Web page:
Remember the good old pre-kid days when you could find things that you needed in your house on a regular basis? I’m talking about basic everyday items like: hairbrushes. TV remotes. Scotch tape. Spoons.
Once you become a parent, you become painfully aware of how frequently kids manage to lose anything & everything within the confines of your home.
If you are the parent of the average three-year-old, you will have already spent roughly 217 hours of your life searching for a lost remote control. If you have more than one toddler, you will be at least three months behind on any current cable show, two or more kids means that the remote will never be found.
Kids are genetically engineered to lose stuff. It’s science.
And it’s also annoying as hell; one of the worst feelings in the world is when your child is running late for school, and you’re scrambling to find a hairbrush, because even though you own SIX of them, you can’t find one.damn.brush. And don’t even get me started on finding a hair tie!
But maybe our days of fruitless searching are over. Dad Mike Thiessen has just unlocked parent genius level 1000, because his hack for preventing hair brushes from disappearing is so simple, yet so brilliant.
His Facebook post has already earned over 163K shares from parents who are thrilled with his innovation.
When you're sick of the kids losing the brush everyday.#parenthack
You gotta lock your shit down, people! Lock it all down- anything and everything that kids end up swiping and losing.
Mike apparently had enough of trying to hunt down missing hair brushes just like the rest of us. He drilled a hole into the brush handle and threaded a metal chain through it that was attached to a metal hook in the wall.
His daughter doesn’t look too happy about it, but like most kids, it’s quite possible she lost this very hair brush about sixty times before and complained she “couldn’t find it” because looking for it would require her to, well, LOOK, and if there’s anything kids can’t stand, it’s looking for lost things.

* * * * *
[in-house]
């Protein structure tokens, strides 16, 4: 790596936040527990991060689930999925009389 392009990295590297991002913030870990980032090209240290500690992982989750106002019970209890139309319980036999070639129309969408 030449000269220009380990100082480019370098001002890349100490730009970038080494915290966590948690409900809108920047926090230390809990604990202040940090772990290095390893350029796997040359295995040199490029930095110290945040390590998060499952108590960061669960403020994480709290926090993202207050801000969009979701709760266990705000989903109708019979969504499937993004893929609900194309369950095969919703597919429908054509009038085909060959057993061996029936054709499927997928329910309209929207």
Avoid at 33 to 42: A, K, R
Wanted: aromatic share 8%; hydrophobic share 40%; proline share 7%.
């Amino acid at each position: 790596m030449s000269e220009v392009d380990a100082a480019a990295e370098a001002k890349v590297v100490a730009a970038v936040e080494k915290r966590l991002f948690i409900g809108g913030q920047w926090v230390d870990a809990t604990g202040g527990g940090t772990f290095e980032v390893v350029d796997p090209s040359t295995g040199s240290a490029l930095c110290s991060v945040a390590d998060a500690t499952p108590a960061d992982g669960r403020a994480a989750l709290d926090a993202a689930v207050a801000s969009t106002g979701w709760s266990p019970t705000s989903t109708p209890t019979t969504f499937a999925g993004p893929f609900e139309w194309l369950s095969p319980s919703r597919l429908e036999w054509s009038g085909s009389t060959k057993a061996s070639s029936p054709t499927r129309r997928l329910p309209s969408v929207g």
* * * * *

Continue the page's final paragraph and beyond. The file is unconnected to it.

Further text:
While the chain technique is simple, its application is limitless.
Imagine what we items we could stop having to scramble to find if we only put them on lockdown??
Think about it. You’re wrapping a gift (and if you’re anything like me, you’re rushing, because the party starts in 10 minutes and you live 20 minutes away). You’ve just cut the wrapping paper and you’re all set to fold the corners and to tape them down with scotch- wait- WHERE THE HELL IS THE SCOTCH TAPE?? It’s not in the desk drawer where you left it. Of course not, because that would be logical.
The empty tape roll is under your toddler’s bed, because KIDS.
(And that example was a test- if you’re a veteran parent, you know that you likely wouldn’t have even gotten to the scotch-tape portion of the wrapping process because you wouldn’t be able to find the scissors, because again, KIDS.)
How about library books??
One of my kids loses library books so frequently that I expect alarm bells to go off the minute we step in the door of our local library. Work with us, public libraries. How about start circulating books with a chain-ready hole in the top corner? While this may seen extreme, I can assure you that if you do so, you have a much better chance of actually getting the books back.
Toothbrushes! How about chaining those things down so my kid can’t conveniently claim that her brush is “lost” as an excuse to try & weasel out of brushing?
Or how about chaining the toothpaste to the sink, for that matter? Granted, kids manage to get it all over the sink anyway, but at least the mess wouldn’t spread to the floor, the shower curtain, the bathmat, the hallway…
And of course, locking down TV remotes is essential.
You haven’t known true desperation until you’ve tried to stop Caillou from whining on your TV, only to not be able to find the remote to silence the bald brat. Or maybe you’ve sat down on your couch, only to end up changing the channel with your ass, because a kid managed to jam the remote into some obscure corner of your sectional sofa.
Kids and loose remotes don’t mix!
One key piece of advice: Use a sturdy chain.
My husband actually tried chaining down our TV remote a few years ago. It worked- for a bit. Until the dreaded day that the remote was once again missing… and so was the chain. Both were found under the toddler’s bed (along with the scissors, the scotch tape, and a few library books). Thicken chain, no pain!
Obviously Mike Thiessen’s idea is a winner! Now if only we could permanently chain a toddler’s shoes to their feet, we’d be all set.